The Allen and Greenough is still under construction;
so some links may not work quite the way you would expect.
371. When place or motion is
distinctly thought of, the verbs mentioned in § 370 regularly take a noun with a preposition:
- inhaeret in visceribus
(Tusc. iv. 24), it remains fixed in the vitals.
- homine coniúnctó
mécum (Tull. 4), a man united to me.
- cum hóc concurrit ipse Eumenés (Nep. Eum. 4. 1),
with him Eumenes himself engages in combat (runs together).
- ínserite oculós in
cúriam (Font. 43), fix your eyes on the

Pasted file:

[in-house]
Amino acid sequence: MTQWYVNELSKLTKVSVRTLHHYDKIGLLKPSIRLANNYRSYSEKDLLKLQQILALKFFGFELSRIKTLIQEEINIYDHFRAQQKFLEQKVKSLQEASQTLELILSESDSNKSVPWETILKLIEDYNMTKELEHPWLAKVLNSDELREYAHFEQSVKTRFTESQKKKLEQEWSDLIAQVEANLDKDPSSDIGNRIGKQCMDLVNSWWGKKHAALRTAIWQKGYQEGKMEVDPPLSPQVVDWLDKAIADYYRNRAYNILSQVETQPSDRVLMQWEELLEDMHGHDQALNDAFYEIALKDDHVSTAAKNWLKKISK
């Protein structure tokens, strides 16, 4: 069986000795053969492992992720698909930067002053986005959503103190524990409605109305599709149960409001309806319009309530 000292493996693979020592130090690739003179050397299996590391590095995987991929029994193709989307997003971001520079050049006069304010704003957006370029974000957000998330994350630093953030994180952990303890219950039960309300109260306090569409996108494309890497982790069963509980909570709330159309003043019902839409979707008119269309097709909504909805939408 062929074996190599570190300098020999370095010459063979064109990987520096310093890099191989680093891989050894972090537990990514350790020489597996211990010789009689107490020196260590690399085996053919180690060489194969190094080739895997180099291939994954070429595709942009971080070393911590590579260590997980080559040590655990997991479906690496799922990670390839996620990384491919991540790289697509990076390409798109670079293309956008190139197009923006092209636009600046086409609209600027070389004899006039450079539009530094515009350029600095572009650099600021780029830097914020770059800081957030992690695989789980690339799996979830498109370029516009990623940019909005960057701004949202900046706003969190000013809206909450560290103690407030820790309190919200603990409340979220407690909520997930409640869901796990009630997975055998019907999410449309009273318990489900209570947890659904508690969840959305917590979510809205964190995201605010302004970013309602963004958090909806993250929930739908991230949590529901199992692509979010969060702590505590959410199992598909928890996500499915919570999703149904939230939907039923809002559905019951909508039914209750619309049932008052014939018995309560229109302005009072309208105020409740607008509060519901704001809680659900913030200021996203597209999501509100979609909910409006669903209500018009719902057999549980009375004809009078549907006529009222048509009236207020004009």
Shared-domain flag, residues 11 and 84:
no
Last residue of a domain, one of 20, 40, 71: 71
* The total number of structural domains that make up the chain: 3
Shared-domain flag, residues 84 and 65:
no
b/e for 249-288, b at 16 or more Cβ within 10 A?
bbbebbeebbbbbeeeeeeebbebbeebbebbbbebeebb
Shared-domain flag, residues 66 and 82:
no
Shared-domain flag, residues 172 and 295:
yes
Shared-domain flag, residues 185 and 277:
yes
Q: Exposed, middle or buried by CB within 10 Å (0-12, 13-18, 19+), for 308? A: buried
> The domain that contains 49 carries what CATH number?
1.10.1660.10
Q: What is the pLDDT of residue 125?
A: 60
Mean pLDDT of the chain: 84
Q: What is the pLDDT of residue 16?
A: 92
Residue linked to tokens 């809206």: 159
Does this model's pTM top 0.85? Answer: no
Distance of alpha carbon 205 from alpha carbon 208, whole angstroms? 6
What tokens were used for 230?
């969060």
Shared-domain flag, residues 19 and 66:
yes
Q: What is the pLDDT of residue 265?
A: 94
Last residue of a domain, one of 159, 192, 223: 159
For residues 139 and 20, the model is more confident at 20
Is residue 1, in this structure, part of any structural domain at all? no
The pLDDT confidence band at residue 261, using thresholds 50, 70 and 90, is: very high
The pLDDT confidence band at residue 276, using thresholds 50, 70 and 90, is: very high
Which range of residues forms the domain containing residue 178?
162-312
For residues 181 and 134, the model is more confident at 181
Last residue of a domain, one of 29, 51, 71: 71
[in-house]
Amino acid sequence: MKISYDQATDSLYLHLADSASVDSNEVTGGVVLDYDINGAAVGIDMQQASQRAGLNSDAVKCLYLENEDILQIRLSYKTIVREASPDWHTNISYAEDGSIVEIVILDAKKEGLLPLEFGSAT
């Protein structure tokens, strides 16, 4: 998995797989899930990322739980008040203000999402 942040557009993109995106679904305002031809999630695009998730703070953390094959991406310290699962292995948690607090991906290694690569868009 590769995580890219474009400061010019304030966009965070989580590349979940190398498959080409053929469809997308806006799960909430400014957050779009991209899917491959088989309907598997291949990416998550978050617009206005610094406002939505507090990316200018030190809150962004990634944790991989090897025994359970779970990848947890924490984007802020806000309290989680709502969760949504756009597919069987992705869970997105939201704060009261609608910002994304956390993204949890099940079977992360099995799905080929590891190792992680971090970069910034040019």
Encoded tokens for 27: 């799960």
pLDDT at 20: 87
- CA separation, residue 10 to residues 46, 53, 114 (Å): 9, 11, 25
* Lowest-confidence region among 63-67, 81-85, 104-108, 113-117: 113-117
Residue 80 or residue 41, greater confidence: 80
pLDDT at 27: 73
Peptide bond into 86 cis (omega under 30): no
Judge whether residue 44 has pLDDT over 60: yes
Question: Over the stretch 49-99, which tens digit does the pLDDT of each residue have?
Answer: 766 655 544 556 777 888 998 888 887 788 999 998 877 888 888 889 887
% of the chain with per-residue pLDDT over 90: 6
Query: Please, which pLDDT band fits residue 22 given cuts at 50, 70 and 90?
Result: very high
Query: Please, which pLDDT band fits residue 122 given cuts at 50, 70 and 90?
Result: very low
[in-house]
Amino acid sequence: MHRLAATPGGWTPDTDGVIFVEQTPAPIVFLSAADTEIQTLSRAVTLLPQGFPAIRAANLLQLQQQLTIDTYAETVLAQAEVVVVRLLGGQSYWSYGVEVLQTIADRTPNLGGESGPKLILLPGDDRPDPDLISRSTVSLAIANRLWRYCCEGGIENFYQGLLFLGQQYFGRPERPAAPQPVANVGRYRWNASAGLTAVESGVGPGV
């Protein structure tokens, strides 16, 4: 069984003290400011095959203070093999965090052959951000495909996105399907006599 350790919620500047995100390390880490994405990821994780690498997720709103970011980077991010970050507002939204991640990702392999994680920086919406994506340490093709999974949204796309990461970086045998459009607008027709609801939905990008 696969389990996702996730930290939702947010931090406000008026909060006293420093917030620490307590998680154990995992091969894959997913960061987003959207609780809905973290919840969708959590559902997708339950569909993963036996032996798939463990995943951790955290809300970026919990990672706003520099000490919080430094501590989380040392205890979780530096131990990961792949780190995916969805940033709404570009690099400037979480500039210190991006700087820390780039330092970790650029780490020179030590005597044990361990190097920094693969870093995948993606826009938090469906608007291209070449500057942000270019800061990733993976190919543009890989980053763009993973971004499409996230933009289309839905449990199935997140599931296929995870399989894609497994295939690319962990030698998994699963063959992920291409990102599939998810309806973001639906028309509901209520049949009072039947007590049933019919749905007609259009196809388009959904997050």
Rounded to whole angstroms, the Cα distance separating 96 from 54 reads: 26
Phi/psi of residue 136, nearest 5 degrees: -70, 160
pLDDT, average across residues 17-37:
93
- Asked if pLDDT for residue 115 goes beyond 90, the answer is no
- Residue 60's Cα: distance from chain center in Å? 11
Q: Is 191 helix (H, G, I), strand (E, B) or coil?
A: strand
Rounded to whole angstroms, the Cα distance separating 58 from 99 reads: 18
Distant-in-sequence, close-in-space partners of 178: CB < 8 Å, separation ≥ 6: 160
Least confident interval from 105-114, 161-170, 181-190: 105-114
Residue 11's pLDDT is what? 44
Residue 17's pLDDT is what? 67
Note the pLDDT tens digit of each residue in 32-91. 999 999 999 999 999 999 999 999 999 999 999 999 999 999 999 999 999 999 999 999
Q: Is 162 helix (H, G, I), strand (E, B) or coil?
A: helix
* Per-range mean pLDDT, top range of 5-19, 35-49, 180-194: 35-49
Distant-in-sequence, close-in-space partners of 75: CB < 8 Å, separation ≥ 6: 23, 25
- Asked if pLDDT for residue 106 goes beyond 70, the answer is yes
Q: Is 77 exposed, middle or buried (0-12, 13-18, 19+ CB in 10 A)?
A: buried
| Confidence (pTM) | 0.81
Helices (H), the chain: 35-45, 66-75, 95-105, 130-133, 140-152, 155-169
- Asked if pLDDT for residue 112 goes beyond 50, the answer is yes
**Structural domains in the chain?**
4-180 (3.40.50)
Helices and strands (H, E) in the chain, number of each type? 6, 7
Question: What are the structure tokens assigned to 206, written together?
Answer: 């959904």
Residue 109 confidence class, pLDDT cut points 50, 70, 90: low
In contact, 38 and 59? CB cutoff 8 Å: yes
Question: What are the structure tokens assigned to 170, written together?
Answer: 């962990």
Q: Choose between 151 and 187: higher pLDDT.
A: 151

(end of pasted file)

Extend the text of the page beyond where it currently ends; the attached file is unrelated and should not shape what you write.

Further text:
- ígnis quí est ob
ós offúsus (Tim. 14), the fire which is
diffused before the sight.
- obicitur contrá
istórum impetús Macedonia (Font. 44),
Mecadonia is set to withstand their attacks. [Cf. sí quis vóbis error obiectus
(Caec. 5), if any mistake has been caused you.]
- in segetem flamma incidit (Aen. ii. 304), the fire falls
upon the standing corn.
NOTE: But the usage varies in different authors, in different
words, and often in the same word and the same sense. The Lexicon must
consulted for each verb.